Jason Smith, the Baylor tackle selected by Spagnuolo’s Rams with the second overall pick in April, is a converted tight end known primarily as a pass protector. But Baylor gained more than 65 percent of its rushing yards in 2008 by running to Smith’s side of the field.


“We pass blocked 60-40 ratio,” said Smith, who has been tabbed to succeed left tackle Orlando Pace, who signed with the Chicago Bears. “It benefits us. The run blocking is the more natural part of football for the offensive line because it’s a matter of going forward rather than going to the side. Pass blocking is more unnatural, but that’s what makes offensive linemen the best athletes on the field — we make so many unnatural moves look natural.”


He might not just be bragging. Next year’s draft class will include several more top offensive tackles — early projections show six going in the first round. In another lifetime, those players might have lined up somewhere else, or played another sport.


Oher, whom the Ravens drafted from Mississippi, wanted to play basketball. At 6 feet 4 inches with good speed, he might have been a pass-rushing defensive end. But he was the best athlete at his Memphis high school, so he became an offensive tackle. That may lead to the N.F.L.’s next problem.


“All of these high school teams are all passing teams,” said Gil Brandt, a former Cowboys personnel executive who analyzes the draft for NFL.com. “Everybody is in pass mode, so you get more quarterbacks, you get more tackles and more wide receivers. I think we’re having a harder time finding defensive ends and defensive tackles. Maybe it’s just that we need more.”




http://www.nytimes.com/2009/06/10/sp...r=3&ref=sports


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Old 06-10-2009, 08:19 PM   #2
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Im glad we have Clady. He's the best player on our team.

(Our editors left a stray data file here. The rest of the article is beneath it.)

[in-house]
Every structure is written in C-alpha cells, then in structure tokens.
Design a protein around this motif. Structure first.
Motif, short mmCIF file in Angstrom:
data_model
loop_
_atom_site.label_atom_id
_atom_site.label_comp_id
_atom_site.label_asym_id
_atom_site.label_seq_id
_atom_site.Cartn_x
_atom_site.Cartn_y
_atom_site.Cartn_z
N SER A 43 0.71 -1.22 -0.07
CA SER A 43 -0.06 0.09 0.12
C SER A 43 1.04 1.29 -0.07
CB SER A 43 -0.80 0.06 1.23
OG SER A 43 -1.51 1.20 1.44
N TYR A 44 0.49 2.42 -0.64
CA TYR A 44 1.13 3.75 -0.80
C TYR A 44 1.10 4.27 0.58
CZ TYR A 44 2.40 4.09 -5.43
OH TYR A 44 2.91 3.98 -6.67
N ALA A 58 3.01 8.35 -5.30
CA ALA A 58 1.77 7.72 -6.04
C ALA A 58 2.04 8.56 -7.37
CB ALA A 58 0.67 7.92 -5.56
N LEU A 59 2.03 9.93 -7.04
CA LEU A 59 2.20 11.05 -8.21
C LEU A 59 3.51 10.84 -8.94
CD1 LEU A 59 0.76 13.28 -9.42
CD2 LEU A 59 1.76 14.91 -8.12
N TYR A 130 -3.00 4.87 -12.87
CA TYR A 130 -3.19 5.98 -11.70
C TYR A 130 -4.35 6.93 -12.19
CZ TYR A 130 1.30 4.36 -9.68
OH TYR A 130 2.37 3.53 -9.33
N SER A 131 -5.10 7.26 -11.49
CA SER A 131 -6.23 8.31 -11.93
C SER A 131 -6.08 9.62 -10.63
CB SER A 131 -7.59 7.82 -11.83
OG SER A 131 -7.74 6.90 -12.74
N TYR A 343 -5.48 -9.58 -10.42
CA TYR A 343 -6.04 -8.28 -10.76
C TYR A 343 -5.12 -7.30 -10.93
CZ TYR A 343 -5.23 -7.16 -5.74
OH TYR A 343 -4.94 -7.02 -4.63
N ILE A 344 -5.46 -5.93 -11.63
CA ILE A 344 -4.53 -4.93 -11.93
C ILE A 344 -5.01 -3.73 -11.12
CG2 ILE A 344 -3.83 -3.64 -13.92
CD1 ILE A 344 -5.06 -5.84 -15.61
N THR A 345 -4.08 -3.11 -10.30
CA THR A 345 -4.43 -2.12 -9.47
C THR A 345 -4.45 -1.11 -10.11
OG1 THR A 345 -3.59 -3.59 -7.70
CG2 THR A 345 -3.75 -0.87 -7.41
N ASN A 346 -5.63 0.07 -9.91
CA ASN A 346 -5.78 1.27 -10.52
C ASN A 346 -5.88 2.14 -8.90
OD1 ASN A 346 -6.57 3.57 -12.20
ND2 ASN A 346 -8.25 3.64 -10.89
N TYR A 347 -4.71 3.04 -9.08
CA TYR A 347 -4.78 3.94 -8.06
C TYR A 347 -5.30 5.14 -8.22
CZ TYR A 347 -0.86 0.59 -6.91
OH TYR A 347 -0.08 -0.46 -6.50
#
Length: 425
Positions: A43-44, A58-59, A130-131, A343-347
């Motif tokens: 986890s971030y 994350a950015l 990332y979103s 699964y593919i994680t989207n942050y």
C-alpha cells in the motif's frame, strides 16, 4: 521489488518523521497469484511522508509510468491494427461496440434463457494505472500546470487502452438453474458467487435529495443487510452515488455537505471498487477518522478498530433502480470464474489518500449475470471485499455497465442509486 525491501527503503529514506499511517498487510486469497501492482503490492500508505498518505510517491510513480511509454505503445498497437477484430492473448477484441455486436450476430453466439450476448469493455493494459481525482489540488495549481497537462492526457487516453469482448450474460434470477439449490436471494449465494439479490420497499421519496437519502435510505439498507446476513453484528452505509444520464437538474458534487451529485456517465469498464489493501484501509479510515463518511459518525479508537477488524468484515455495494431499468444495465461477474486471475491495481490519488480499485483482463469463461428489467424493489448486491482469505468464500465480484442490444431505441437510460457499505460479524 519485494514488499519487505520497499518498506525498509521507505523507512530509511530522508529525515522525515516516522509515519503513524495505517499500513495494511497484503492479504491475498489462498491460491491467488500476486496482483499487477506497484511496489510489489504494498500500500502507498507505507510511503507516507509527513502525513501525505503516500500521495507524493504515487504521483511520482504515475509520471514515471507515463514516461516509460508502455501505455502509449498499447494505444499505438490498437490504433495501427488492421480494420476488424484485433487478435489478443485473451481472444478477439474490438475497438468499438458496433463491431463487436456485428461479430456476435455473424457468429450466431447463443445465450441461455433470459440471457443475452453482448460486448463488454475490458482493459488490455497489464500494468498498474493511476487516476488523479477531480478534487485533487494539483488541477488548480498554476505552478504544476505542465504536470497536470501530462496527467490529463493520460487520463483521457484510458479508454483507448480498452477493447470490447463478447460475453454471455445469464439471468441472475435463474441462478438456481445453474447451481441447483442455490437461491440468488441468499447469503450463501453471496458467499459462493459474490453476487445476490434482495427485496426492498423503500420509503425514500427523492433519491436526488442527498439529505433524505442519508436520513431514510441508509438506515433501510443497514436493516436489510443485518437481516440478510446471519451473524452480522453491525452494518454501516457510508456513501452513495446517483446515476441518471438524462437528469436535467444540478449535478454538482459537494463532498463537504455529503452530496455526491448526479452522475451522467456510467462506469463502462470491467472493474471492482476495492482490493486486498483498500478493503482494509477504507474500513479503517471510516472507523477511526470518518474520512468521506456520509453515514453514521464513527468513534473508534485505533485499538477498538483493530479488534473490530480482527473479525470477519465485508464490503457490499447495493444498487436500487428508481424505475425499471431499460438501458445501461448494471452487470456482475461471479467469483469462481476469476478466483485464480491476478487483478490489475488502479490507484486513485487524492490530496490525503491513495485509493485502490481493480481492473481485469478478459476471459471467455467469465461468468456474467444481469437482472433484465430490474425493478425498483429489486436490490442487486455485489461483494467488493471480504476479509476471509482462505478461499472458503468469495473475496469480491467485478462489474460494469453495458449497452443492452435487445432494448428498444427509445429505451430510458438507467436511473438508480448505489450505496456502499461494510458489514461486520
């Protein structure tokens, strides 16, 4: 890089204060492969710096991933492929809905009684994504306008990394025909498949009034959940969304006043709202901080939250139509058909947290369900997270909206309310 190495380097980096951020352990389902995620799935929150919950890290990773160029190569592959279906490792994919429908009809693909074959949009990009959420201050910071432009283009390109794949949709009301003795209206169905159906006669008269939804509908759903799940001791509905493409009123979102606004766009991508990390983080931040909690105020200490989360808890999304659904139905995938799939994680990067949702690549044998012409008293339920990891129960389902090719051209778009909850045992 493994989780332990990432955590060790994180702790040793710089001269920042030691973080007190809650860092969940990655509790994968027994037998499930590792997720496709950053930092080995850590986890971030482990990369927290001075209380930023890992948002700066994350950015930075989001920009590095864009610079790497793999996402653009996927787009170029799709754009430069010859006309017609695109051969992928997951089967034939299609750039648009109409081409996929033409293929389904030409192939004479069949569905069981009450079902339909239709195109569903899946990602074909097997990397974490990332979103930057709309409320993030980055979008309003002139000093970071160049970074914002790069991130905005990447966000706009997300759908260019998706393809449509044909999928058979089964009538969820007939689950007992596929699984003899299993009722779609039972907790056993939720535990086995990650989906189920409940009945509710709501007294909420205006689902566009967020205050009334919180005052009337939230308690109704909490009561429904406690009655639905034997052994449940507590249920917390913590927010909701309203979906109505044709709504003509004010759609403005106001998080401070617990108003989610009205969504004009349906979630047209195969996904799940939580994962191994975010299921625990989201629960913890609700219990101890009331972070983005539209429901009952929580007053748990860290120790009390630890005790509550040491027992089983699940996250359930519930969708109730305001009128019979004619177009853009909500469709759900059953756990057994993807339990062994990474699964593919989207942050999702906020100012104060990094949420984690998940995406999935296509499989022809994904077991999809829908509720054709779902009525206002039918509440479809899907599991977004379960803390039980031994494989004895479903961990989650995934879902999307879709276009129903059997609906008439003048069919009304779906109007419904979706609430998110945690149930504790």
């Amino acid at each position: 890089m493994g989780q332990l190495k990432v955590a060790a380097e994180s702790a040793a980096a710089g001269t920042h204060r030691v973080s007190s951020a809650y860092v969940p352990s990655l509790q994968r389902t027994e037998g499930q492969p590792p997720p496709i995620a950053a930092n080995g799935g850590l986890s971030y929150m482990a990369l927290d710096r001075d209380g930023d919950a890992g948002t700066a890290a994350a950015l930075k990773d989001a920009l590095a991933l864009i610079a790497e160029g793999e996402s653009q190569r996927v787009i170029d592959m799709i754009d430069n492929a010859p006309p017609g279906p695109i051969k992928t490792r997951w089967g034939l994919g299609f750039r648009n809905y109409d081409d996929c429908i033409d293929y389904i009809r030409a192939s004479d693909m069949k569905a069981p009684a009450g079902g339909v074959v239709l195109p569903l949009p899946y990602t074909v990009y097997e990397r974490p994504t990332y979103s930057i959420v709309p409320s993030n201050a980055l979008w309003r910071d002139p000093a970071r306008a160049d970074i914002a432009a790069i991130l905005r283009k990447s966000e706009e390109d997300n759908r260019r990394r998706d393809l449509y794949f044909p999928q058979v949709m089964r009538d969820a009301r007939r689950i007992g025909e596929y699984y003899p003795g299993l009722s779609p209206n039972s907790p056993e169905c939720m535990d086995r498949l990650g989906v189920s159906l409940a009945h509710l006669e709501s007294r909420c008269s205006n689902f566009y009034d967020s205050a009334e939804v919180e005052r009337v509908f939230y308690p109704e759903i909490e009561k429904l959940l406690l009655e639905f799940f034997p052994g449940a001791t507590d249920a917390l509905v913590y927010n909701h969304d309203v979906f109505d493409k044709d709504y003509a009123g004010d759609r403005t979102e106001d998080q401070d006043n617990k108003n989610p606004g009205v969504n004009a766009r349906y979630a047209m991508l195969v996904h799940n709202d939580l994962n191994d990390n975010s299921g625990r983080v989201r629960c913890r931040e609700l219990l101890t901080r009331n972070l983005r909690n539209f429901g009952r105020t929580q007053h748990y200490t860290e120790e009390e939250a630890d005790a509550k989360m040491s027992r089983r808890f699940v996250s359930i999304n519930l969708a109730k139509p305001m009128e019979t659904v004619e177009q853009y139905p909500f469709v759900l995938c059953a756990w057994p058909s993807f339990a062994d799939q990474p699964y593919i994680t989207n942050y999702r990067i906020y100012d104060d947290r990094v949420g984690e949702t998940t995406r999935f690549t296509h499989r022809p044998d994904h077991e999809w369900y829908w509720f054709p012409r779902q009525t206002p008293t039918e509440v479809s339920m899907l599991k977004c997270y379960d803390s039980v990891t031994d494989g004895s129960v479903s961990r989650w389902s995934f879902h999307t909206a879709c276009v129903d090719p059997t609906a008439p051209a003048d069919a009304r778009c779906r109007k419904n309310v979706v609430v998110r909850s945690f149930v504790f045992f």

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Old 06-11-2009, 12:27 AM   #3
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“When the Giants beat the Patriots, that game was a wake-up call for the league,” said Eric DeCosta, the Ravens’ player personnel director. “The Giants had such a fearsome pass rush, it wore New England down. Teams saw that and realized that if you can’t protect your quarterback, you have no chance to win.”


No chance huh? He makes it sound like the Giants had it easy that day. If not for a spectacular catch by a NYG WR, they lose. So much for that theory.
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Old 06-11-2009, 02:14 AM   #4
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We are so lucky to have Clady.
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Old 06-11-2009, 06:09 AM   #5
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Originally Posted by footstepsfrom#27 View Post
We are so lucky to have Clady.
QFT

IMO he's our most important player atm.
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Old 06-11-2009, 08:14 AM   #6
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Quote:
Originally Posted by ZONA View Post
“When the Giants beat the Patriots, that game was a wake-up call for the league,” said Eric DeCosta, the Ravens’ player personnel director. “The Giants had such a fearsome pass rush, it wore New England down. Teams saw that and realized that if you can’t protect your quarterback, you have no chance to win.”


No chance huh? He makes it sound like the Giants had it easy that day. If not for a spectacular catch by a NYG WR, they lose. So much for that theory.
NYs defense held NE to around 20 pts below their average.
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Old 06-11-2009, 08:24 AM   #7
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It's true teams are looking for strong LT's but it has nothing to do with that super bowl.

Ahh okay its a Nytimes article so that's why they're bringing the super bowl up randomly.
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Old 06-11-2009, 08:26 AM   #8
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I thought I saw a 2008 draft re-do with 20-20 hindsight on how the rookies performed and Clady was taken in the top 5.

I think I remember the Chiefs even considering him around the 3rd pick or something. It probably would've been the best pick they might've made this decade.

Giving up only a half a sack in a rookie season at Left tackle would be considered validation if Clady had been the first over-all pick. To get him where we did is as gratifying as it is a relief to finally have stability at that crucial position.